BETHESDA, Md., June 8 (UPI) — A U.S. study suggests young adults view health habits as more important than genetic risk factors when considering what causes common diseases.
The study by the National Human Genome Research Institute and the Henry Ford Health System in Detroit was based on a survey of adults ages 25 to 45 and is part of the Multiplex Initiative, a study of how healthy young people use genetic risk-susceptibility tests.
Multiplex genetic testing involves a single blood sample that is used to detect multiple genetic results, providing individuals with a comparative risk value for certain conditions compared with the general population.
A key focus was the respondents’ perception of how health behaviors and genetic makeup could cause a disease. The researchers also investigated whether people hearing about a disease placed more importance on learning about behaviors or genetics.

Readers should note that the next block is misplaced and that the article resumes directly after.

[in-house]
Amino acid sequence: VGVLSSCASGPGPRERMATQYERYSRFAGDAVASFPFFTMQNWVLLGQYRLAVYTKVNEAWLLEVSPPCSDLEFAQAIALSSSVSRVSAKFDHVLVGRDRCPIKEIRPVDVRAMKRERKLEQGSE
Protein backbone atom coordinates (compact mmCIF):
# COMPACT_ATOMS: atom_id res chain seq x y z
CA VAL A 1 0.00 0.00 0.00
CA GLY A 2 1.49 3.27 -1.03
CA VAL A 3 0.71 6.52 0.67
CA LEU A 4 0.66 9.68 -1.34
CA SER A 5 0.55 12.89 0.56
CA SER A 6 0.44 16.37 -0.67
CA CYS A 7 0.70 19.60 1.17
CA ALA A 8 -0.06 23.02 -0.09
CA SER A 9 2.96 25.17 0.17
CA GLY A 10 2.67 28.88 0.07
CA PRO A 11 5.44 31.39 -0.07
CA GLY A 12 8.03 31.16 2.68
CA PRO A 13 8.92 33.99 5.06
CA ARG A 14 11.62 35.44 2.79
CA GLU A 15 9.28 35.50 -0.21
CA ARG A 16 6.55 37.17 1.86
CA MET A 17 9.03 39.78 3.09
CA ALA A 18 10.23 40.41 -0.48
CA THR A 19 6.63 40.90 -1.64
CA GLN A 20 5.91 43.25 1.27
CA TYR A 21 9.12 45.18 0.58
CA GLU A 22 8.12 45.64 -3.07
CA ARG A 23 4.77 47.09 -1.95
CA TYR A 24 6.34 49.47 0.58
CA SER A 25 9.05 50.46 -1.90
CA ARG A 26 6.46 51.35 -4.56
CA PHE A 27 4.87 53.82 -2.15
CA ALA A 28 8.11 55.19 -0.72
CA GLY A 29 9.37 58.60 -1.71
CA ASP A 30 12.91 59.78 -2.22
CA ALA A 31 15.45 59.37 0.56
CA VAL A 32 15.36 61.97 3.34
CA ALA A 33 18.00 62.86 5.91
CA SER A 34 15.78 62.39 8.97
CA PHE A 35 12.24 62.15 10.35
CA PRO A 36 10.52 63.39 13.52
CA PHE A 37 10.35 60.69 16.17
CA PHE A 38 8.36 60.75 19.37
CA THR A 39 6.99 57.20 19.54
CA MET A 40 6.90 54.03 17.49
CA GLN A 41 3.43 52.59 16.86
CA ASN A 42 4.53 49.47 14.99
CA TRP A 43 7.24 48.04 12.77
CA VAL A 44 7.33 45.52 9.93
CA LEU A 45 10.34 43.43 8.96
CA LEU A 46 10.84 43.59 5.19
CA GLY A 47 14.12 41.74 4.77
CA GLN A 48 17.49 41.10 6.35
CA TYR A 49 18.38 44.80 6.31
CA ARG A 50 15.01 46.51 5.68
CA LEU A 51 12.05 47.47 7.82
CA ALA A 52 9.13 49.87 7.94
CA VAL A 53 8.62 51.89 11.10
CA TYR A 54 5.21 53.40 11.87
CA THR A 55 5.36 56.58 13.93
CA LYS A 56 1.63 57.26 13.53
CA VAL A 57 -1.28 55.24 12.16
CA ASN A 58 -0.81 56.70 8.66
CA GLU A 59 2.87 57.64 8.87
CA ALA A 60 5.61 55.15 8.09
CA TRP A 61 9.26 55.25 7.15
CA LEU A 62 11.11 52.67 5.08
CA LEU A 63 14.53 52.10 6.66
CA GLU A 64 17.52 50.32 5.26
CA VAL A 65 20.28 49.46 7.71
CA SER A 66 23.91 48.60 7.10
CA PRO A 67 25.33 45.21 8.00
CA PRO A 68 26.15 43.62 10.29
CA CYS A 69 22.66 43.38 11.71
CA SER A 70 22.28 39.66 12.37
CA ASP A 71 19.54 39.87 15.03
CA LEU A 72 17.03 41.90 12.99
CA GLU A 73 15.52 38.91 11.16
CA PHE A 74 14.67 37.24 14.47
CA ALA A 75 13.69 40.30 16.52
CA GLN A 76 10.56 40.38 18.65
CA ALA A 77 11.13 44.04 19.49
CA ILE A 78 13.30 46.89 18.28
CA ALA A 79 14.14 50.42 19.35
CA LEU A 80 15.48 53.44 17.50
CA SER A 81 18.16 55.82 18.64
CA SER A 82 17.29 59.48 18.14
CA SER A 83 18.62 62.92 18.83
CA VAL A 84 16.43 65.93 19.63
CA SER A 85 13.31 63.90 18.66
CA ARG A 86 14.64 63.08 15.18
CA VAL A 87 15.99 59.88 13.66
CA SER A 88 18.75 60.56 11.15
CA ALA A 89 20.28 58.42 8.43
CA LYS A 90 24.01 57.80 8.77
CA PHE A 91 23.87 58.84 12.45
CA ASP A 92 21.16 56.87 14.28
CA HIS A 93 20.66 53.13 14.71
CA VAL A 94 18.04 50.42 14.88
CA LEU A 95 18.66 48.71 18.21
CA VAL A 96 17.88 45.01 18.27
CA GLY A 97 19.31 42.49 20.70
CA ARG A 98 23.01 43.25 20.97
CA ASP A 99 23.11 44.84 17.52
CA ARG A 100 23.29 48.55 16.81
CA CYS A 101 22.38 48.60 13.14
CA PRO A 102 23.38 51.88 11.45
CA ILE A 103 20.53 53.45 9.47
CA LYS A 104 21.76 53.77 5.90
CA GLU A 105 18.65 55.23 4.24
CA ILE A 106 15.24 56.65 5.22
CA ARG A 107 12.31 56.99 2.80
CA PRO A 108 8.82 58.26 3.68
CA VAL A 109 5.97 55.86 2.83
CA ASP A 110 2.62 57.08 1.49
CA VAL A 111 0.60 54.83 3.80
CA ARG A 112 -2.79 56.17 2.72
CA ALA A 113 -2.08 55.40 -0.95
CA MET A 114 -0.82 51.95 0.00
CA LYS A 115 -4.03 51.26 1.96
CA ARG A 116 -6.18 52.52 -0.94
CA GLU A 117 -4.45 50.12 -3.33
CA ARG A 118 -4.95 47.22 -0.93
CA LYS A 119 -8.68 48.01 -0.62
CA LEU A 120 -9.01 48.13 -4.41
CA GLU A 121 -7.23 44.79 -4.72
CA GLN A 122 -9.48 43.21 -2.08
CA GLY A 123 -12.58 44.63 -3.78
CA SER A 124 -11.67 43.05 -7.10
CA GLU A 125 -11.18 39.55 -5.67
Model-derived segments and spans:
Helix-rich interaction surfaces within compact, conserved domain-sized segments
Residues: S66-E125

The scientists found two-thirds of the participants put greater emphasis on learning about the effects of lifestyle habit. People with more habits that put their health at risk tended to favor genetics to explain health conditions. They also tended to place less value on learning about how health habits affect disease risk.
The study is reported in the early online edition of the Annals of Behavioral Medicine.
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